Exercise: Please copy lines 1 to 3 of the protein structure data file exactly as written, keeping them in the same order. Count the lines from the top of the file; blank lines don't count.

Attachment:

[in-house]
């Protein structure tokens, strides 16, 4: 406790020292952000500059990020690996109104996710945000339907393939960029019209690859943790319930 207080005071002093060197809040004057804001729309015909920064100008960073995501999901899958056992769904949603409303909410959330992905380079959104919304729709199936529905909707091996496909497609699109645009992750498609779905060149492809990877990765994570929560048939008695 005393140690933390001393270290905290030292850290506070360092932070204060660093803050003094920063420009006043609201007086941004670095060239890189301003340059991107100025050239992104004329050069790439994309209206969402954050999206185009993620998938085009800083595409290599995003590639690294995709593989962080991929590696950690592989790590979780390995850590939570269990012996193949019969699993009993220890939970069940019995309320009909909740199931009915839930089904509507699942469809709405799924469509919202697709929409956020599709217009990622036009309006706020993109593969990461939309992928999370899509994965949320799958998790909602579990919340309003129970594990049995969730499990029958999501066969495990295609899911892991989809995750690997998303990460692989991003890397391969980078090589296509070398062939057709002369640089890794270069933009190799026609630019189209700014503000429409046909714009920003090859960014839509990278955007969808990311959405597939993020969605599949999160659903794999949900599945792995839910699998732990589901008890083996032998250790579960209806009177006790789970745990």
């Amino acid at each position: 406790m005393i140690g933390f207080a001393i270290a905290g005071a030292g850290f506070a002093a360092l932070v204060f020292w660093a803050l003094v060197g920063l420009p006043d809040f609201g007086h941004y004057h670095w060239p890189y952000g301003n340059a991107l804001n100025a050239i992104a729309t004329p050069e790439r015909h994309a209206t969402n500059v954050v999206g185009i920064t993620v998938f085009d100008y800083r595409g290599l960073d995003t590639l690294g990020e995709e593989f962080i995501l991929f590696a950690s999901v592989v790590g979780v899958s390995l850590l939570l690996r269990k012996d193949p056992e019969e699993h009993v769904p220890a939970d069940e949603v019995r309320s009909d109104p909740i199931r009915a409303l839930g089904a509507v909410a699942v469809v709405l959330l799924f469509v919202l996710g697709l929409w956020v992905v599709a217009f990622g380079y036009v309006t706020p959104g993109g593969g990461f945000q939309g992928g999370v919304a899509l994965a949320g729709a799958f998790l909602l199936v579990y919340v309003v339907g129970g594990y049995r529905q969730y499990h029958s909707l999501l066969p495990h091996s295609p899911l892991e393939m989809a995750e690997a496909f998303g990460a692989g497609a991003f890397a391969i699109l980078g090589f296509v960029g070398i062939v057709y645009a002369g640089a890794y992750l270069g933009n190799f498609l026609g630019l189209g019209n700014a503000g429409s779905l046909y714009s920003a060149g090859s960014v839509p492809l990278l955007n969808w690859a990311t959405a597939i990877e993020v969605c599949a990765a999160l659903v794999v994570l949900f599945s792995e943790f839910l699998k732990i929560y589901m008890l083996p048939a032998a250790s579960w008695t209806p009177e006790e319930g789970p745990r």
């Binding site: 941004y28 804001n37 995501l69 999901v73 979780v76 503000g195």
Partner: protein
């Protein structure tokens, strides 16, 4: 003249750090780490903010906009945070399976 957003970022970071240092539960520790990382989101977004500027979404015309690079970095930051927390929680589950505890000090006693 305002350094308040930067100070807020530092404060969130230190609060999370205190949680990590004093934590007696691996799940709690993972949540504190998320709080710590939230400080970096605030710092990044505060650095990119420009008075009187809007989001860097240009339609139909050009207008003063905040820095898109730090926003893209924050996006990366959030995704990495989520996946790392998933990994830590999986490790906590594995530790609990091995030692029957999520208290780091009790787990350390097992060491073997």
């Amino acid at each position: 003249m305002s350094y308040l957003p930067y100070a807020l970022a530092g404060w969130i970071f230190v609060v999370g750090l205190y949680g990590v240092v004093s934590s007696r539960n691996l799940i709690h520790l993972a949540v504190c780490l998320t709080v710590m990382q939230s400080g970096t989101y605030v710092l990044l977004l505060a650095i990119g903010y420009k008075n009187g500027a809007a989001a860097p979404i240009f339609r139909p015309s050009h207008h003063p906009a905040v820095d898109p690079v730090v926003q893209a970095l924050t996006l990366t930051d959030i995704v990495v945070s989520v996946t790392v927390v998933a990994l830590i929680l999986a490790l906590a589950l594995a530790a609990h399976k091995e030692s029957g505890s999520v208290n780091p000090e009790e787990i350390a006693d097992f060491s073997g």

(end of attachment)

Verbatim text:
[in-house]
């Protein structure tokens, strides 16, 4: 406790020292952000500059990020690996109104996710945000339907393939960029019209690859943790319930 207080005071002093060197809040004057804001729309015909920064100008960073995501999901899958056992769904949603409303909410959330992905380079959104919304729709199936529905909707091996496909497609699109645009992750498609779905060149492809990877990765994570929560048939008695 005393140690933390001393270290905290030292850290506070360092932070204060660093803050003094920063420009006043609201007086941004670095060239890189301003340059991107100025050239992104004329050069790439994309209206969402954050999206185009993620998938085009800083595409290599995003590639690294995709593989962080991929590696950690592989790590979780390995850590939570269990012996193949019969699993009993220890939970069940019995309320009909909740199931009915839930089904509507699942469809709405799924469509919202697709929409956020599709217009990622036009309006706020993109593969990461939309992928999370899509994965949320799958998790909602579990919340309003129970594990049995969730499990029958999501066969495990295609899911892991989809995750690997998303990460692989991003890397391969980078090589296509070398062939057709002369640089890794270069933009190799026609630019189209700014503000429409046909714009920003090859960014839509990278955007969808990311959405597939993020969605599949999160659903794999949900599945792995839910699998732990589901008890083996032998250790579960209806009177006790789970745990």
């Amino acid at each position: 406790m005393i140690g933390f207080a001393i270290a905290g005071a030292g850290f506070a002093a360092l932070v204060f020292w660093a803050l003094v060197g920063l420009p006043d809040f609201g007086h941004y004057h670095w060239p890189y952000g301003n340059a991107l804001n100025a050239i992104a729309t004329p050069e790439r015909h994309a209206t969402n500059v954050v999206g185009i920064t993620v998938f085009d100008y800083r595409g290599l960073d995003t590639l690294g990020e995709e593989f962080i995501l991929f590696a950690s999901v592989v790590g979780v899958s390995l850590l939570l690996r269990k012996d193949p056992e019969e699993h009993v769904p220890a939970d069940e949603v019995r309320s009909d109104p909740i199931r009915a409303l839930g089904a509507v909410a699942v469809v709405l959330l799924f469509v919202l996710g697709l929409w956020v992905v599709a217009f990622g380079y036009v309006t706020p959104g993109g593969g990461f945000q939309g992928g999370v919304a899509l994965a949320g729709a799958f998790l909602l199936v579990y919340v309003v339907g129970g594990y049995r529905q969730y499990h029958s909707l999501l066969p495990h091996s295609p899911l892991e393939m989809a995750e690997a496909f998303g990460a692989g497609a991003f890397a391969i699109l980078g090589f296509v960029g070398i062939v057709y645009a002369g640089a890794y992750l270069g933009n190799f498609l026609g630019l189209g019209n700014a503000g429409s779905l046909y714009s920003a060149g090859s960014v839509p492809l990278l955007n969808w690859a990311t959405a597939i990877e993020v969605c599949a990765a999160l659903v794999v994570l949900f599945s792995e943790f839910l699998k732990i929560y589901m008890l083996p048939a032998a250790s579960w008695t209806p009177e006790e319930g789970p745990r």